Basotho demand a voice in reforms

Basotho demand a voice in reforms

MASERU – LESOTHO’S much vaunted reform process will go to waste unless ordinary people are involved and national healing is allowed to take centre stage
That was the view that came from regular radio listeners at a seminar organized by a local civic group, Development for Peace.
The participants criticized the reform process.

The Southern African Development Community (SADC) has nudged the government and opposition parties to embark on reforms aimed at putting the country on a firm path to democracy in hopes of ending a cycle of political turmoil that has plagued the country since gaining independence from Britain in 1966.
But some are sceptical, expressing fears that politicians leading the process could use the initiative to take care of their selfish interests.
They said the process can only succeed if ordinary Basotho – who are the most affected by years of recurring instability – are recognised as key actors.
‘Mamohato Tšotetsi, an avid radio listener, told participants at the seminar on Tuesday that the establishment of a national truth and reconciliation commission should have been the first order of business.
“We are holding grudges against each other, there is no way Lesotho could go forward with broken hearts. We are full of anger and revenge,” she said.
“I suggest that before the reforms could be put in place, we should first clean our minds and hearts,” Tšotetsi said.
The reform process has been bumpy, often held back by squabbles between the government and the opposition.

SADC facilitator to Lesotho’s political crisis, Dikgang Moseneke, a retired South African judge, has brought the conflicting parties to the negotiating table to map a way forward.
Political interests are taking too much of the centre stage at the expense of ordinary people, said Mahlohlora Mosito, a regular Tšenolo FM guest.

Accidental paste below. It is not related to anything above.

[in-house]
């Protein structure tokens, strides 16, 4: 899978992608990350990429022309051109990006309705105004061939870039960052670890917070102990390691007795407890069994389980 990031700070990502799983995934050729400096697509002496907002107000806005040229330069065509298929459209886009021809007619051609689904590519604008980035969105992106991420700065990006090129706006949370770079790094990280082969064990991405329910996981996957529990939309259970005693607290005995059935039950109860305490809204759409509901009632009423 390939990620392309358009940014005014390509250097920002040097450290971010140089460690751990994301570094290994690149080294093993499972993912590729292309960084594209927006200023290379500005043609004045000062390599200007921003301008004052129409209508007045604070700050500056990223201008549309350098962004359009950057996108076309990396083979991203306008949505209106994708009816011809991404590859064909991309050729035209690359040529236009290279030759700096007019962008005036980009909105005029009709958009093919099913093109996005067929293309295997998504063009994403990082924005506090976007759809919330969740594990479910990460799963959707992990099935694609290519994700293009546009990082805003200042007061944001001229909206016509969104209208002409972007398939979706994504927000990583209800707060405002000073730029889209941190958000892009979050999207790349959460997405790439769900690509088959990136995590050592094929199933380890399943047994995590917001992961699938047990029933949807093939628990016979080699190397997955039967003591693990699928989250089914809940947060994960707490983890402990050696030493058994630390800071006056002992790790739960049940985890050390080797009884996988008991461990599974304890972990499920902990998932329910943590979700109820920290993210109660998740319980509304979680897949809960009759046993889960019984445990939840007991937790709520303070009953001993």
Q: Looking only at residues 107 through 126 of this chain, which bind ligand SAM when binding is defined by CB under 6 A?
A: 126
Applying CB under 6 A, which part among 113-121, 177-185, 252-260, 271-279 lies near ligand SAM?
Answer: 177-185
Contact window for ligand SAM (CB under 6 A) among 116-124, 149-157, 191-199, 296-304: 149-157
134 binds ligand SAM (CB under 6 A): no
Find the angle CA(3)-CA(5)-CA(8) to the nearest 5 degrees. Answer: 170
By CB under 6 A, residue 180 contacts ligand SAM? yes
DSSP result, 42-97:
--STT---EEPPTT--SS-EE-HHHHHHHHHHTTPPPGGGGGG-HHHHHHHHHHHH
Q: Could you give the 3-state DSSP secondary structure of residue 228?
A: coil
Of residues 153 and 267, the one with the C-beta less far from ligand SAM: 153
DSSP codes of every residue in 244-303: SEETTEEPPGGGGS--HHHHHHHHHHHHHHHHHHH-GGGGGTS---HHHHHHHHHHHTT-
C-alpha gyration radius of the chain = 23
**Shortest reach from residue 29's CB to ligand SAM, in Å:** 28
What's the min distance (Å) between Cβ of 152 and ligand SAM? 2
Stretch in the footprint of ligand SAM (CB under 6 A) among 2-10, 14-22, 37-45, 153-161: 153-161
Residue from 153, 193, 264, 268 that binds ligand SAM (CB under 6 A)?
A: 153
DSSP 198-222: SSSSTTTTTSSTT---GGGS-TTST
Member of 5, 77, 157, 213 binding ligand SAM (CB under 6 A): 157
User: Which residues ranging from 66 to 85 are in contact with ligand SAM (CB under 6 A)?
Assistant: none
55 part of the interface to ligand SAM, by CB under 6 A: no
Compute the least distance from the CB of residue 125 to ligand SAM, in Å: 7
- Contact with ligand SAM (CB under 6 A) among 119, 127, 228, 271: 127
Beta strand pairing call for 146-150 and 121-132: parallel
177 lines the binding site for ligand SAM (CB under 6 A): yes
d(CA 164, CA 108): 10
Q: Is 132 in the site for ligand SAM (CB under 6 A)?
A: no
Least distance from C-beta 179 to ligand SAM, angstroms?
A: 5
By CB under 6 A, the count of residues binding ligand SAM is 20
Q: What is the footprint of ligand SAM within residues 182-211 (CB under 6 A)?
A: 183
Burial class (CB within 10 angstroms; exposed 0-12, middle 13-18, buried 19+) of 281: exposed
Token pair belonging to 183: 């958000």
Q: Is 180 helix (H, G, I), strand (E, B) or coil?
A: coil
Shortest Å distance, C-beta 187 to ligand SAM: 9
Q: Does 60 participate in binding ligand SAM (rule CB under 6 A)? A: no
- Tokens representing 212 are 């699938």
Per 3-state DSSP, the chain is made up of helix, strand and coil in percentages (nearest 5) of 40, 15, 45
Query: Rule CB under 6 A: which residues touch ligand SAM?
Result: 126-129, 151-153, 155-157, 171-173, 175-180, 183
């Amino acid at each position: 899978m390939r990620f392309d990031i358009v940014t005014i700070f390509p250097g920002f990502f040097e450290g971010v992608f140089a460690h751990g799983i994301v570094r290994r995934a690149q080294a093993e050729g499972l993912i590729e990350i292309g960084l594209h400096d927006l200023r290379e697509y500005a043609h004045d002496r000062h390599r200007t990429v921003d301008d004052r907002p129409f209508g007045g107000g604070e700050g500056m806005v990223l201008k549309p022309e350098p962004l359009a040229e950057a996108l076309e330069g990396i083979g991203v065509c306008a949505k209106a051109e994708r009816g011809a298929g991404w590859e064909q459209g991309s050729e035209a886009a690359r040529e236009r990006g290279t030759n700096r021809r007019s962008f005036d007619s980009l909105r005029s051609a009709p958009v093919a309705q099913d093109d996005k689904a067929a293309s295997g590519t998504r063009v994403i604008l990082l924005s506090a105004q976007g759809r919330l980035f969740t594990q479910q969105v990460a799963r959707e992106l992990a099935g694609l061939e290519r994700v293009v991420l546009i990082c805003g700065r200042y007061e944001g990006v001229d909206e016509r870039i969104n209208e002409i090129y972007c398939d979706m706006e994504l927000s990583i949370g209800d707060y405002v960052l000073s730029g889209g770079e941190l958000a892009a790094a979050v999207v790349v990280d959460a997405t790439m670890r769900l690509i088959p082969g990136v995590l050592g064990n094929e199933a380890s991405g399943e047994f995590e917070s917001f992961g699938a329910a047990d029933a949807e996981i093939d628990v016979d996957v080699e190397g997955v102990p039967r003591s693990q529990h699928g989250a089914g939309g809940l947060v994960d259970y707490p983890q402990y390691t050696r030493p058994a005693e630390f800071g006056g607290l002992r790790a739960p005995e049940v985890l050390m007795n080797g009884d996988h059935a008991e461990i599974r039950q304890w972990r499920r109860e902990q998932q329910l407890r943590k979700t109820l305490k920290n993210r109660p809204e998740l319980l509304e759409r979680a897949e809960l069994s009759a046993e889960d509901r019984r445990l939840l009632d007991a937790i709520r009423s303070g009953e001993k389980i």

“These reforms are made to benefit the politicians, not for Basotho nation as a whole,” Mosito said.
He warned that the reforms, if successful, were likely to be short-lived.

“Our personality as Basotho would not change. We already do not abide and get satisfied by the rules we have, we resist everything which was said by the law,” Mosito said.
He said frequent changes of government and the entrenched animosity among political parties that seem to lack consensus on what the national interest entails are likely to work against sustainability of the reforms.

“These reforms are made to benefit the politicians not the Basotho nation as a whole,” Mosito said.
Thabo Thokoa, who was also a participant at the seminar, said the reforms have been proposed since 1993 but were not implemented because they were used as a political weapon.
“We are using these reforms as a tool to fight against our opposition parties. We fail to understand the meaning of politics in our country,” Thokoa said.
He said the reforms are meant to benefit the public and not politicians and their parties.

The National Dialogue Planning Committee (NDPC) coordinator Tšoanelo Masasa said the government resolved to engage in reforms because Prime Minister Thomas Thabane wants peace and stability in the country.

“We have the roadmap that will guide us on how to go forward. These reforms are going to be helpful to everyone since the Prime Minister needs peace and stability,” Masasa said.
He said the reforms are also going to help curb the spate of killings that have been happening in the country.
But some seemed unconvinced and criticized politicians for turning a deaf ear to the views of the public.

One of those people was Tšotetsi, who said it should not come as a surprise if views on the reform process offered by members of the public are ignored.
“We are living like prisoners, we are forced to do things by politicians because we are facing hunger, and the only way to avoid that is to listen and dance to their music,” Tšotetsi said.
She suggested that the reforms would not make a difference to the majority of the population because “we are not a team in this country and the reforms are made for the politicians not us”.
“They have agendas for these reforms,” said Tšotetsi.

Itumeleng Khoete

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